Bighorn sheep (Ovis canadensis nelsoni) are one of the most popular attractions in Boulder City. Frequently observed down on the lake side of town, particularly at Hemenway Park and surrounding neighborhoods, the sheep wander down to the park to graze, socialize with one another, and strike poses for lucky photographers fortunate enough to safely photograph them from a distance. An endangered species, the sheep were designated the official state animal of Nevada in 1973.
At one point, desert bighorn numbered in the tens of thousands, prior to European domestic settlement. Herds were severely impacted by hunting, loss of habitat, and diseases acquired from domestic livestock, like sheep. To that end, Nevada Department of Wildlife (NDOW) conducts routine physical health checks on the animals. NDOW staff will be in Boulder City over the next few weeks to assess the health of our local bighorn population. They last did an extensive evaluation in May 2016.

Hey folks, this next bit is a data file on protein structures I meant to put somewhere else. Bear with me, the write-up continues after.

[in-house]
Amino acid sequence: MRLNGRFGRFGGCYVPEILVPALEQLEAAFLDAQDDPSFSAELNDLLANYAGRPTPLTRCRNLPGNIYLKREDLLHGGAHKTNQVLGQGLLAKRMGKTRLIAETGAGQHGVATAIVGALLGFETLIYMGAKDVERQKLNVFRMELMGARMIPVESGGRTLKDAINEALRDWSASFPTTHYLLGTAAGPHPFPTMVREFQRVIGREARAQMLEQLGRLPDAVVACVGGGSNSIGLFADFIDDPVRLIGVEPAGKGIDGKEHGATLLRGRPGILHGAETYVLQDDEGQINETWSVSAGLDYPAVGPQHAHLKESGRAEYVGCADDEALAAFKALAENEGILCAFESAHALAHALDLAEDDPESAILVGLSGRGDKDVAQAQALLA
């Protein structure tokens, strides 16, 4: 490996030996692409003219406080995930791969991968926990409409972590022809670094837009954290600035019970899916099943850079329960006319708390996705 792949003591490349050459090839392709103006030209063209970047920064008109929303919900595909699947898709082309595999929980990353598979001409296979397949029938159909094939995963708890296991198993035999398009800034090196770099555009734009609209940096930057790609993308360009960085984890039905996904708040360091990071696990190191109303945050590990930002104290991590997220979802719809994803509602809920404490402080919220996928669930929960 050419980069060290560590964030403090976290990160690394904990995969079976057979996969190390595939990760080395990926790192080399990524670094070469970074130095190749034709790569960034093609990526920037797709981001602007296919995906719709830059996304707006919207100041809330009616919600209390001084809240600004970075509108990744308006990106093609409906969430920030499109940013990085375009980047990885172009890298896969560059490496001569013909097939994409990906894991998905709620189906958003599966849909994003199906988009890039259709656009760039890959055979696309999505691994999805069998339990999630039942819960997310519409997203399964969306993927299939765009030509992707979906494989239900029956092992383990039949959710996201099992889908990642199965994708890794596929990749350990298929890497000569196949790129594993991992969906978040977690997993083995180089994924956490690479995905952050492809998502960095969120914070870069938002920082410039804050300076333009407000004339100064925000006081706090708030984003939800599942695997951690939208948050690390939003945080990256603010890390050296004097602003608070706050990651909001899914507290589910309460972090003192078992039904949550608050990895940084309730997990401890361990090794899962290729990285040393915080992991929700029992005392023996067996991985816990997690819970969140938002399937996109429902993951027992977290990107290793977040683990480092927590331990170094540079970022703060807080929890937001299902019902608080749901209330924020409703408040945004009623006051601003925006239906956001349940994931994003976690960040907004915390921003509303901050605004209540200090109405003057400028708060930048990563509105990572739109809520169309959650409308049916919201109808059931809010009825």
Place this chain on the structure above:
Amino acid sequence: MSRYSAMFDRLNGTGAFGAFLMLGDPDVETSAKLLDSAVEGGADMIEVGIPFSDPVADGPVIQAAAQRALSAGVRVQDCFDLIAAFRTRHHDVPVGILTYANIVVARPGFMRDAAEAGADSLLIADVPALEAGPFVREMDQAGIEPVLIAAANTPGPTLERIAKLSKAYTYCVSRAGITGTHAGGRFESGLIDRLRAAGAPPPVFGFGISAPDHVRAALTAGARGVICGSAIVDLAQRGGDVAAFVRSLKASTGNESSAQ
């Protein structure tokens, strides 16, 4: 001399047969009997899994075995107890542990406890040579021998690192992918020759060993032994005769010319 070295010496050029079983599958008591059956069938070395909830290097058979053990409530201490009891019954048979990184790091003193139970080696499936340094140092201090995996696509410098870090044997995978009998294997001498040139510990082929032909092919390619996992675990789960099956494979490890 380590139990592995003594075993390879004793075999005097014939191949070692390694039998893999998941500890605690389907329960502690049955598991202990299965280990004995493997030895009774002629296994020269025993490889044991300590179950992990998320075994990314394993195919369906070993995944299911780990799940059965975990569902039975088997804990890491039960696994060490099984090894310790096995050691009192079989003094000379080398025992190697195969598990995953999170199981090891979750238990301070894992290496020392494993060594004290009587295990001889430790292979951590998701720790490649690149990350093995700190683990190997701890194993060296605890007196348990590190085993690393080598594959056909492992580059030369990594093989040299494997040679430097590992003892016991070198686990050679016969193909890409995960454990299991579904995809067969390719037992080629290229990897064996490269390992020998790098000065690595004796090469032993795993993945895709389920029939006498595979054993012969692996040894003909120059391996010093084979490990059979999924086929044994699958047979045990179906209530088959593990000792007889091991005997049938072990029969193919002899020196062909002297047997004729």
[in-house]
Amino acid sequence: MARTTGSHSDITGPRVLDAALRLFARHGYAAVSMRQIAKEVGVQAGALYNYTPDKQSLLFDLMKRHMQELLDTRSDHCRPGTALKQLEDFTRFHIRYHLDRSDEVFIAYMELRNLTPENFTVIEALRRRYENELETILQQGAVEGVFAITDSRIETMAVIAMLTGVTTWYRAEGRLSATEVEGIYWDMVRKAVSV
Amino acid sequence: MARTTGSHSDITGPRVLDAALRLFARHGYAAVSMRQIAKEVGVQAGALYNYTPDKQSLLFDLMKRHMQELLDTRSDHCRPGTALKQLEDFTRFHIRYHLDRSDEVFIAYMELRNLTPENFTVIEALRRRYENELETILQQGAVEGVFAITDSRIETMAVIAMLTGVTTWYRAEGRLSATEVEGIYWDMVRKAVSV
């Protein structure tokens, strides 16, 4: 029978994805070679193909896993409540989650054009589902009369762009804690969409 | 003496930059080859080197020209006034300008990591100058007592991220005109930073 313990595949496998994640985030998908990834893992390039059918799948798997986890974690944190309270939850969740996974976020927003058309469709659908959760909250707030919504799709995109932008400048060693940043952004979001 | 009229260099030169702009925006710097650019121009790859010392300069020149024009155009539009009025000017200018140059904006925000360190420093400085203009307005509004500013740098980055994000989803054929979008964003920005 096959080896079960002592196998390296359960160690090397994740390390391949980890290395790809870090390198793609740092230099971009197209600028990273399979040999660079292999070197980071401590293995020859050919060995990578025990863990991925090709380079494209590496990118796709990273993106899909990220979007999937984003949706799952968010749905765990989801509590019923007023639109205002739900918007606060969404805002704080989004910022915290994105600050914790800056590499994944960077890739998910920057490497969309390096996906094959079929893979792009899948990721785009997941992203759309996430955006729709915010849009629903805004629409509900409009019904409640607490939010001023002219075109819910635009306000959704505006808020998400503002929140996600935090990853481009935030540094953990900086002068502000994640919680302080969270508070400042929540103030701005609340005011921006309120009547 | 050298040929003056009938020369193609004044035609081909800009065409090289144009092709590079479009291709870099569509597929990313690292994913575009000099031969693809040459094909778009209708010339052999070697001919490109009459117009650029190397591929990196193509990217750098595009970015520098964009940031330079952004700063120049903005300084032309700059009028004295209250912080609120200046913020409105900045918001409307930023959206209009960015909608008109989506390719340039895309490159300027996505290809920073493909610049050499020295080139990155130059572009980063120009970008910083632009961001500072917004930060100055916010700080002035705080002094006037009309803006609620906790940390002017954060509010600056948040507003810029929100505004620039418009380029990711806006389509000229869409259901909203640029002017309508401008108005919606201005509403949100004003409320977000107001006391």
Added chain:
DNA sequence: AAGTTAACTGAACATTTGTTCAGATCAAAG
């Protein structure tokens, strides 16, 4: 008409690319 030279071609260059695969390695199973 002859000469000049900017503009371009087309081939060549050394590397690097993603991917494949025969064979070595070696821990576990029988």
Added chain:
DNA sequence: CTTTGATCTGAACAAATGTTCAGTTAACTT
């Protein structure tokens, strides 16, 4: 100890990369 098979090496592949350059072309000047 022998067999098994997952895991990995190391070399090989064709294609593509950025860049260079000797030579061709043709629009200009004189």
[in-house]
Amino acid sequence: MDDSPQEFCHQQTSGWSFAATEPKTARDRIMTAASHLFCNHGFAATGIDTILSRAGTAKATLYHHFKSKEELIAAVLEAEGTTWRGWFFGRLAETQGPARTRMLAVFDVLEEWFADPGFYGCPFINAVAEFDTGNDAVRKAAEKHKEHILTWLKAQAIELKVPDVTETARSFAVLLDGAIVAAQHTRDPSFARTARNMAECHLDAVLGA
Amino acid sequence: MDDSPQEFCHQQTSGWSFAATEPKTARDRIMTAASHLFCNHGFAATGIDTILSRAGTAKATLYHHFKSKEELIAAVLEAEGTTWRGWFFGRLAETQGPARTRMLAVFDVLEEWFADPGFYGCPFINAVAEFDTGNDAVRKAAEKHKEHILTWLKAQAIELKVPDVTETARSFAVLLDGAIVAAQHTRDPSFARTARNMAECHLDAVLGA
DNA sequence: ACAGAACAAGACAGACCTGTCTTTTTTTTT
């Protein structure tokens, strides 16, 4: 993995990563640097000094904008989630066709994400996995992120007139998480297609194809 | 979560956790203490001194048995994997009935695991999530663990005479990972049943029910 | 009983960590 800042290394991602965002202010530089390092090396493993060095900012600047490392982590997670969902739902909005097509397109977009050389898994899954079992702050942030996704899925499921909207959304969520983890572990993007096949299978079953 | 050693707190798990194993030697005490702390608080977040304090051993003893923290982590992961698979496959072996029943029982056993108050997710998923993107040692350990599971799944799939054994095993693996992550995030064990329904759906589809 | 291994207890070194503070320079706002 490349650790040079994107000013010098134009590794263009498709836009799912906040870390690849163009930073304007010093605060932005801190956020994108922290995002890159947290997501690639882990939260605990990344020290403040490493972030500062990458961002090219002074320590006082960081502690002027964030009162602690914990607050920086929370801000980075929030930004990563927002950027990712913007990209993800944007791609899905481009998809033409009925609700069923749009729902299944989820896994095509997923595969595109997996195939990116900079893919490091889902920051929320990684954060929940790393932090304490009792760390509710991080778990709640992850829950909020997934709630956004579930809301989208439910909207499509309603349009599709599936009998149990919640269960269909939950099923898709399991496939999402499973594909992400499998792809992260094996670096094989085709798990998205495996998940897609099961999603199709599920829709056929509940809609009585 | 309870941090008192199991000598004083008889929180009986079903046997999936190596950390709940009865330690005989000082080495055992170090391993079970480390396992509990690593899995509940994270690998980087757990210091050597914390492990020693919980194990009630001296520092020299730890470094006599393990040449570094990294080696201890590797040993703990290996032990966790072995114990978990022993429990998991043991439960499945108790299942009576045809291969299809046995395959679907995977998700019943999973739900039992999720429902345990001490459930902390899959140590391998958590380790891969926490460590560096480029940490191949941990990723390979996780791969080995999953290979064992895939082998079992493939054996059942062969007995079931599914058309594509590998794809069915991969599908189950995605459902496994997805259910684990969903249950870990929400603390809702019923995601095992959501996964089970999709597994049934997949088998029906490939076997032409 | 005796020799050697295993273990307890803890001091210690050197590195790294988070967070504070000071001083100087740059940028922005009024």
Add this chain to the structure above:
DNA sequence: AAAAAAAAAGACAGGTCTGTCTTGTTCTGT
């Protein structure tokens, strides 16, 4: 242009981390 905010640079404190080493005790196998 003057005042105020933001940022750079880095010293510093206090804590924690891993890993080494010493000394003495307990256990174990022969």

The testing requires several steps:
- First, 10-12 female specimens will be selected for testing and given a tranquilizer to safely sedate them during the testing process.
- Biologists and the state wildlife veterinarian will obtain blood samples and oral-phyrangeal nasal swabs from the sheep for further testing.
- Identification collars will be removed from some of the ewes, as they are no longer needed for tracking purposes.
- At the conclusion of testing, the animals will be given an antidote to wake them up so they can return to the herd.
NDOW biologists will be wearing uniforms and driving marked vehicles. The work is expected to take a few days to complete so residents are asked to avoid the area while the process is taking place. Your cooperation will help ensure the health of the herd in the years to come!